In 2004, Dr. John Bagnato and CPA Charles Rehberg began a campaign to expose abuses at Phoebe Putney Memorial Hospital in Albany, Georgia. Bagnato and Rehberg found that Phoebe Putney exploited its nonprofit status, overcharged uninsured clients and employed draconian collection procedures while enriching hospital officials with offshore accounts and lucrative exclusive contracts bolstered by aggressive lobbying.
The deeper they looked, the more Bagnato and Rehberg found these practices were widespread at hospitals across the country. Their investigation led to class action lawsuits against 37 healthcare systems, spreaheaded by Mississippi attorney Richard Scruggs, who had won suits against the asbestos and tobacco industries and was later convicted of bribery.
Filmmaker Rebecca Schanberg of The Kindling Group follows Bagnato and Rehberg’s story in her documentary Do No Harm, which has its Chicago premiere in a private screening tonight at the Museum of Contemporary Art. Illinois Attorney General Lisa Madigan, who successfully sued the Christie and Carle clinics to end those facilities’ discrimination against Medicaid patients, introduces the screening. Afterwards there’s a panel discussion with Schanberg and medical activists Mark Rukavina of The Access Project, Donna Smith of American Patients United, and Dr. Quentin Young, appointed by Gov. Pat Quinn in April to chair the Illinois Health Facilities Planning Board.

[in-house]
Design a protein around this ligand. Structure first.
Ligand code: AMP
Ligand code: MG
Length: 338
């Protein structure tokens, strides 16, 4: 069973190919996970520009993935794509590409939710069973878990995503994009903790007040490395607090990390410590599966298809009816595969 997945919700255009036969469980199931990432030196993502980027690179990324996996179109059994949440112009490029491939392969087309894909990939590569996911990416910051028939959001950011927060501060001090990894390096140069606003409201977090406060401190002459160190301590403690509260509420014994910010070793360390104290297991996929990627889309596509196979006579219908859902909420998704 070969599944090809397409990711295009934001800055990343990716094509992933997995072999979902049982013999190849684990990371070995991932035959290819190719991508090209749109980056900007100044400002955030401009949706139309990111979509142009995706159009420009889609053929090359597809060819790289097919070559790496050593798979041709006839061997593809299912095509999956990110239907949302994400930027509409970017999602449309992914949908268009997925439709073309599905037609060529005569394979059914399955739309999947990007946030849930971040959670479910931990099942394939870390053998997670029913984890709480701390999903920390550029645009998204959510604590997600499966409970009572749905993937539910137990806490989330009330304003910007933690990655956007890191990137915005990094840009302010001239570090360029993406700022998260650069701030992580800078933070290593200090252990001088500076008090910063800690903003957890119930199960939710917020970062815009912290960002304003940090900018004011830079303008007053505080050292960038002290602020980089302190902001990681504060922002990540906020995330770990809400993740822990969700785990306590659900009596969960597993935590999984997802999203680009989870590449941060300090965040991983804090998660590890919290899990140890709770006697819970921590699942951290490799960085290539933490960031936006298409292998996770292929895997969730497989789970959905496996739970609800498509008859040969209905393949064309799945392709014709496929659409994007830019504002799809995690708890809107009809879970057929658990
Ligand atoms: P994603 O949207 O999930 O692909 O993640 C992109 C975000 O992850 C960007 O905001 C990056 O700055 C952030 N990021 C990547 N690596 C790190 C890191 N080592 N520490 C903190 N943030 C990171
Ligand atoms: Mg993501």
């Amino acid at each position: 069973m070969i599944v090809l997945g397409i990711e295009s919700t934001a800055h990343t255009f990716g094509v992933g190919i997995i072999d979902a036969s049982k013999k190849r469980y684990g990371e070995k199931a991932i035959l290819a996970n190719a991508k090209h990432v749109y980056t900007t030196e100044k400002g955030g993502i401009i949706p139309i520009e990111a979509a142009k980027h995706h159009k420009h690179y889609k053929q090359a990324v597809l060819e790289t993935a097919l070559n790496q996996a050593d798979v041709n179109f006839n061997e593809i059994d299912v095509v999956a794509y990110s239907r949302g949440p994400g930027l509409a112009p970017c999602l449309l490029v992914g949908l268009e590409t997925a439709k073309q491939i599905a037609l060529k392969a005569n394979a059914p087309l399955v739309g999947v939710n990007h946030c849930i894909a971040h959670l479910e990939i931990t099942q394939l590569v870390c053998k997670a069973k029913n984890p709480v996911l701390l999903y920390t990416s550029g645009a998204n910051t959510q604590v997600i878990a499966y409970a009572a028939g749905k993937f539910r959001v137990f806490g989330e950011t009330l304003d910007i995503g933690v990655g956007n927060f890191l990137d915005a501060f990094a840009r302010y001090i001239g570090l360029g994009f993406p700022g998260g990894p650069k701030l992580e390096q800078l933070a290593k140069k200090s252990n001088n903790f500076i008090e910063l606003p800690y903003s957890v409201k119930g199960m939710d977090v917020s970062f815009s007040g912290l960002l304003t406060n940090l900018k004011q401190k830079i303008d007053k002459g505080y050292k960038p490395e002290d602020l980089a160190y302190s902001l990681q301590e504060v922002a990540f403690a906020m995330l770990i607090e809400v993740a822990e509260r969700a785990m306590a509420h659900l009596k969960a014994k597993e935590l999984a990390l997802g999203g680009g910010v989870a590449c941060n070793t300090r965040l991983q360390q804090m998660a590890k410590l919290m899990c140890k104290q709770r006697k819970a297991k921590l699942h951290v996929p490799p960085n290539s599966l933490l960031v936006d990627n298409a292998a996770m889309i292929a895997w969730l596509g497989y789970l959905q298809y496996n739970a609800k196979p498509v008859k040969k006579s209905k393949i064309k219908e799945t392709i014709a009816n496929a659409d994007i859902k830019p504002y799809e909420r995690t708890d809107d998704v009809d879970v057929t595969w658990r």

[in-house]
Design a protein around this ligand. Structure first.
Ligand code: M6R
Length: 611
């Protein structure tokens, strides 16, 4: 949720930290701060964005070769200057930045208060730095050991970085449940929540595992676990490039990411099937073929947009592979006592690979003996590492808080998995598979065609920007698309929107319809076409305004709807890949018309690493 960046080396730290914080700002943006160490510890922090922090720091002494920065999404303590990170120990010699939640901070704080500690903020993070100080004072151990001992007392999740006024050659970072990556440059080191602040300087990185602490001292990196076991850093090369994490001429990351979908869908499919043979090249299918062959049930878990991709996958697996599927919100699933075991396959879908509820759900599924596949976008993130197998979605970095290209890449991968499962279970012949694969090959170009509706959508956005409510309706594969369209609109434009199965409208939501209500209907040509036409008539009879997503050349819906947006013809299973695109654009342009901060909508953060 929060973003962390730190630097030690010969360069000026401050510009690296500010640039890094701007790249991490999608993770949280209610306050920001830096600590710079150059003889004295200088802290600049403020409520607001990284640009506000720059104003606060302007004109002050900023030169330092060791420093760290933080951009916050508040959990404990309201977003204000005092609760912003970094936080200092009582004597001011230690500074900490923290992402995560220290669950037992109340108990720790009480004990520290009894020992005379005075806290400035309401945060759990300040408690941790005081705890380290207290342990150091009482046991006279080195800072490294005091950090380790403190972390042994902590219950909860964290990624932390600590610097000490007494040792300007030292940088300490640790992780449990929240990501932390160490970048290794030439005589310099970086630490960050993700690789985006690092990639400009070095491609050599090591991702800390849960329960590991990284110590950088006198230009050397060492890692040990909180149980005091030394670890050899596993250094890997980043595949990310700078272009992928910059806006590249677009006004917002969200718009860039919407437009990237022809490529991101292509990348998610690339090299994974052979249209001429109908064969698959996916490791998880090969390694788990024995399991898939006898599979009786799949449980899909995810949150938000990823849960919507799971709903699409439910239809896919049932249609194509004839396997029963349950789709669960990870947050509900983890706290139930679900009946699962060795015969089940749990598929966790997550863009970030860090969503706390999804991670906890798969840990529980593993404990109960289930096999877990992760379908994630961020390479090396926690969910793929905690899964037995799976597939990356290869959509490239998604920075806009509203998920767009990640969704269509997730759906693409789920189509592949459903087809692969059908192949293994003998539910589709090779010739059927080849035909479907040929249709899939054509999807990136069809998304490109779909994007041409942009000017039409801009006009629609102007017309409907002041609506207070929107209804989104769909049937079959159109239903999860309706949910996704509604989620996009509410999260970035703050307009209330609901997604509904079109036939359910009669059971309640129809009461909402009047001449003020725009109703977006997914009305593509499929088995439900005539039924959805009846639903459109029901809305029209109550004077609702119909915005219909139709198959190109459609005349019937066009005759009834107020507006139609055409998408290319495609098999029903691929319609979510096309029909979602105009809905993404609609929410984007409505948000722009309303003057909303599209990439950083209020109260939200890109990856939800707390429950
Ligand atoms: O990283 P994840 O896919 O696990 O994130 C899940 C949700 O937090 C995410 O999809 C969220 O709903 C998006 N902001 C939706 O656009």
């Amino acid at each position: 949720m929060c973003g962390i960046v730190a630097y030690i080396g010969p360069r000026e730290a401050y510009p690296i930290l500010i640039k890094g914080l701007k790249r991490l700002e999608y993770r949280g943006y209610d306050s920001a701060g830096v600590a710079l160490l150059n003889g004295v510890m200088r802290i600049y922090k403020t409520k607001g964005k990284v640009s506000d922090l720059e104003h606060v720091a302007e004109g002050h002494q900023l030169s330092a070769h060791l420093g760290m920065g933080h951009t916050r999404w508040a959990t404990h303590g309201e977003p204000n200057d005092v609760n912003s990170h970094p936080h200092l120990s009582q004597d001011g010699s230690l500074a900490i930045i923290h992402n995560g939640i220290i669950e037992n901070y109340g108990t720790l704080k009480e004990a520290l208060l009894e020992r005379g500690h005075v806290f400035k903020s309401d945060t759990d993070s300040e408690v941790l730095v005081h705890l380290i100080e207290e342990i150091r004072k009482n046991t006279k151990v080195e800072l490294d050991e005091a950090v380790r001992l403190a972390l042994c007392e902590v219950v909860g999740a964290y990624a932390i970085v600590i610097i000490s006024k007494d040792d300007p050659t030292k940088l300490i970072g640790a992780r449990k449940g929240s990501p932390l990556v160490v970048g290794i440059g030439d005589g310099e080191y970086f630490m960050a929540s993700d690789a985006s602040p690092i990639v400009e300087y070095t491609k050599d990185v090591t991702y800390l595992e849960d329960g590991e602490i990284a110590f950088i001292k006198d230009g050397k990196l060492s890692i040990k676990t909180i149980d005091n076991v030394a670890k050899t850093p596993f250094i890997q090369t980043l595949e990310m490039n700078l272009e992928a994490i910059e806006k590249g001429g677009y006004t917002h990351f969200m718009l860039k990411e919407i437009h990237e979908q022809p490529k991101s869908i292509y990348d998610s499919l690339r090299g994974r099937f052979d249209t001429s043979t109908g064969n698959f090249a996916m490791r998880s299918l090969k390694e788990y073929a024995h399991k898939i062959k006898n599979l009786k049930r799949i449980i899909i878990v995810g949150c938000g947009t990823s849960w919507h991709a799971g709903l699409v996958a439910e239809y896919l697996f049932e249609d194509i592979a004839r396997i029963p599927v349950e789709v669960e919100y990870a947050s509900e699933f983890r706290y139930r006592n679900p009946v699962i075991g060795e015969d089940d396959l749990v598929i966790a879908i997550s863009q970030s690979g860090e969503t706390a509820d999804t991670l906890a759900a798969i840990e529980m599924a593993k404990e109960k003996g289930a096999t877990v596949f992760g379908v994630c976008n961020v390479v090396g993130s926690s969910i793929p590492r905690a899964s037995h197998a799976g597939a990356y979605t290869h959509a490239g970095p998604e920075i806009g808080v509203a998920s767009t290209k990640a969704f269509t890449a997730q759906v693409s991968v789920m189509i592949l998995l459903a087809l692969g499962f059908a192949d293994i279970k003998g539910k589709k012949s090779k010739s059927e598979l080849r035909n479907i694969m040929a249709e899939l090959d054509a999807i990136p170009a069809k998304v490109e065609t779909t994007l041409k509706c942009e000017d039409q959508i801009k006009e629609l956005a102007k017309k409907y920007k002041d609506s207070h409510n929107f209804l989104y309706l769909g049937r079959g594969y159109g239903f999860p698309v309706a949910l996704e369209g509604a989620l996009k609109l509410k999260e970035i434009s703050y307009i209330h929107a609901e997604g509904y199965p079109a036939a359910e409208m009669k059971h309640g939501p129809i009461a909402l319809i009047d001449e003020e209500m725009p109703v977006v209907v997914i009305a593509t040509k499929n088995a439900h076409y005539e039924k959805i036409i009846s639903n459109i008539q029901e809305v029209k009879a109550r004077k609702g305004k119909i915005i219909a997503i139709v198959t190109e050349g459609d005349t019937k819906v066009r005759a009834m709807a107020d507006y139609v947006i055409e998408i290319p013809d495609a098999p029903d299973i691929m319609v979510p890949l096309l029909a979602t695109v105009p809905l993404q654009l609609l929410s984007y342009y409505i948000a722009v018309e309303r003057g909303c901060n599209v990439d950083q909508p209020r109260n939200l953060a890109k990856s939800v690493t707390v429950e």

Do No Harm screens at 7 PM tonight at the Museum of Contemporary Art, 220 E. Chicago. Pre-screening reception at 6 Puck’s at the MCA, panel at 8. RSVP here.